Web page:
The ball swung in, high and fast. There, rising at the far corner was Dele Alli, planting a header beyond the keeper. He spun away, wheeling in jubilation. Countries away, somewhere in east London, a maelstrom of emotions greeted his goal. Within the deluge of bodies mobbing each other, hugging, cheering and dancing, were me and my friends, trying to make sense of it all.
England were heading to the semi-finals of the World Cup. England. Perennial underachievers. England. Reduced to tears twice by Portugal, humbled by Germany, embarrassed by Iceland. A generation of pain and now this. The ghosts of the past being laid to rest possibly?
The World Cup began with caution. A string of false dawns meant it had to. Too many times England have seen the sun set too early on tournaments. Despondency and apathy created by years of sterile football. But then came Tunisia and Panama and Colombia and one by one, the mental barriers the nation collectively constructed towards optimism and hope melted away. All around us the tournament rippled with shocks of the underdog shaking the foundations and rattling the big nations. This was the World Cup in which the giants of the game fell and its creator, the sleeping giant of them all, had a chance to end decades of hurt and, as we’re fondly saying it, bring it home. No Germany. No Argentina. No Brazil. Even Spain, the great team of the modern age, fell.
For a British Asian such as myself, there was something oddly illuminating about this tournament. As if years of watching England through some sort of foggy prism had given way to enlightening clarity, brought about by a reinterpretation of identity, of what it meant to be British and to be English. At times it brought me at odds with other English people. According to British Future majority of people (61%) thought the English flag should be flown more and 53% regarded seeing it as a source of pride. I was for a long time part of the 11% who saw it as a concerning side of socially debilitating English nationalism.
To a lot of ethnic minorities born and raised in England, our point of identification often came with Britain rather than England. The latter implies a race, the former a nationality and a more inclusive and malleable concept, one in which those who aren’t necessarily white can belong to. It’s strange, two flags which might mean the same thing for the rest of the world means very different for those of us living within the UK. A YouGov poll in 2015 illustrated the sudden shortfall in patriotism and the inclination towards identifying as British rather than English indicating this wasn’t specific to just minorities. But for us, the reasons were often rooted in associating English nationalism with the likes of National Front, EDL and Britain First. Groups who celebrated their English identity by trying to take something away from others. We were told to go home, that England belonged to the English and we were never that. For my part, England has always felt home but I’ve always felt inclined to identify as British rather than Asian.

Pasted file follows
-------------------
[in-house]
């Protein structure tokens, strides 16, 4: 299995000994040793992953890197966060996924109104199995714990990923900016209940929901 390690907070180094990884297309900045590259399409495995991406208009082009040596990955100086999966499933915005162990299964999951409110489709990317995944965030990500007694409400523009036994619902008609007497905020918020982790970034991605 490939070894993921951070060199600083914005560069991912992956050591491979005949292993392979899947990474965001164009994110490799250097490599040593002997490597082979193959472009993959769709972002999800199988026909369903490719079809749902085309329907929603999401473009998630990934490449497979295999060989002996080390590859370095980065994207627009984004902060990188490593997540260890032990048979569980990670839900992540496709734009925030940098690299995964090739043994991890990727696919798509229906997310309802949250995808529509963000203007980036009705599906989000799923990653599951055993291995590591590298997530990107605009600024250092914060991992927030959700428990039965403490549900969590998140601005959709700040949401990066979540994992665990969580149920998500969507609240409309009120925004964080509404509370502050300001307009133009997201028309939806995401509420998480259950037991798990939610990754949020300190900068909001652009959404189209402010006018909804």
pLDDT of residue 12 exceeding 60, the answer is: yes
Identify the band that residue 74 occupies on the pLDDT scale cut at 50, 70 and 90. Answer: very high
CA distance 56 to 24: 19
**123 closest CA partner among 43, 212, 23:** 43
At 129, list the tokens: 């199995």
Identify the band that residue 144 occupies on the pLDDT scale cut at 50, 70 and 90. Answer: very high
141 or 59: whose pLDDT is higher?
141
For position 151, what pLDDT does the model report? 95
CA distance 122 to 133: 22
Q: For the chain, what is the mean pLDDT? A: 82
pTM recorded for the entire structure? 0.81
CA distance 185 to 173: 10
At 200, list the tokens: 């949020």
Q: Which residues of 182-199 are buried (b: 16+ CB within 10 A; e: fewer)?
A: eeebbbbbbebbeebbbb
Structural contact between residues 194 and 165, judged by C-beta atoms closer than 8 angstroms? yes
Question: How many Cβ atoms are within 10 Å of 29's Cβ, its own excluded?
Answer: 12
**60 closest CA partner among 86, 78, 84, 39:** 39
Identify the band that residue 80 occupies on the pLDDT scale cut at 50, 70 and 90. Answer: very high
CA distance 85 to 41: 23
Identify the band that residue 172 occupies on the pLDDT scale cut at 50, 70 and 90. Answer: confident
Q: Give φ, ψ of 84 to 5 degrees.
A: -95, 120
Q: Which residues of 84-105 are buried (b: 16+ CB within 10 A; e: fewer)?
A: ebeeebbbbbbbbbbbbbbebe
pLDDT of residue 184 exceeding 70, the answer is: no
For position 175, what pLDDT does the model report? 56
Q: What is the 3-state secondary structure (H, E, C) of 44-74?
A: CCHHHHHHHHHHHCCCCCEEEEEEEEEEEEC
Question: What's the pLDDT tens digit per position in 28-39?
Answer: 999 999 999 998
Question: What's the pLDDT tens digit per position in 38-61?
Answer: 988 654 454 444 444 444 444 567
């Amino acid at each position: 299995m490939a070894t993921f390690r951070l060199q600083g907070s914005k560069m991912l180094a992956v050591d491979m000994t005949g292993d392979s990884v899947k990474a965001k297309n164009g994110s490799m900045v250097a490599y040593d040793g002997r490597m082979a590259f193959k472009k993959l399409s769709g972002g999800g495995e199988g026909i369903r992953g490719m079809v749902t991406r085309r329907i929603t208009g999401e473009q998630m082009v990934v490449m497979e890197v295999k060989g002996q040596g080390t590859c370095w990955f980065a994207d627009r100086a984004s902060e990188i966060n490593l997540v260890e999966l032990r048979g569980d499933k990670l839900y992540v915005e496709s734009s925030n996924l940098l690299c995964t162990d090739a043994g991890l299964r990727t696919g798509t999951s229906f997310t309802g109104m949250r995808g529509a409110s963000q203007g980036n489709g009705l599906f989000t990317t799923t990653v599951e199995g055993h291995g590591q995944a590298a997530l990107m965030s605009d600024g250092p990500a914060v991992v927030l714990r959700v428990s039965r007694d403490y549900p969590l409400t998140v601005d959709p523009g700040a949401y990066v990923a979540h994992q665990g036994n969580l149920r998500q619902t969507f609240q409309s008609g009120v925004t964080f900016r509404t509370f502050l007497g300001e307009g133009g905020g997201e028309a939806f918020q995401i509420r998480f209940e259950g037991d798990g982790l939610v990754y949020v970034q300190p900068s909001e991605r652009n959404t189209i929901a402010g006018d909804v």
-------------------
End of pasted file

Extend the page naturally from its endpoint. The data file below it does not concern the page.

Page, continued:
And yet as Dele Alli raced away I drowned in a crowd of sheer happiness. A crowd that would not fit the Daily Mail characterisation of what it is to be English. After all, this was in the same stretch of London where the newspaper lamented the extinction of the English. We couldn’t be English, with different skin colours and accents, and yet here we were, feeling an intrinsic burst of relief and joy when England doubled their lead. In Bermondsey, an estate is draped in a sea of English flags without an ounce of hostility but instead positive inclusivity. Identification with England, the place of birth, feels that little bit easier now. According to British Future, 74% of ethnic minorities and 75% of British Muslims regard the England football team as a symbol of England belonging to all races within the country. If someone loves England for its culture, history and for being a home, a skin colour shouldn’t be why they still don’t qualify as English.
Perhaps it’s because the game has always been an expression of working-class Englishness, the class demographic we have most in common with. Perhaps it’s due to the high volume of BAME players within this team, making the unifying feel stronger, enabling you to cheer an identity you once felt uneasy about because this time it reflected you. But it feels different now. For so long, the England football team was something of a quiet love, affinity with it undercut by the discomfort of the far-right hooliganism that sometimes defined a subset of the supporters. Throw into all of this Brexit and the sense its driving factor English nationalism was fuelled by xenophobic concerns and it was hard to feel emotionally connected to some of the people living in the same country as me.
Either that was stupid or football, the beautiful game hijacked by corporate powers lately, still has the magical effect on bringing together people. The country at the moment is drunk on happiness and a rare feeling of unity that not even the Royal Wedding could conjure to this level.
Maybe it’s coming home, maybe it’s not. But as a diverse gathering of people least likely to be seen as English celebrated wildly with each other, this is a World Cup of a perceptible shift in the meaning and tone of Englishness for so many of us. Or at least the confirmation of something we yearned to believe over the incessant babble of noise telling us to either go home or that being English was selling out.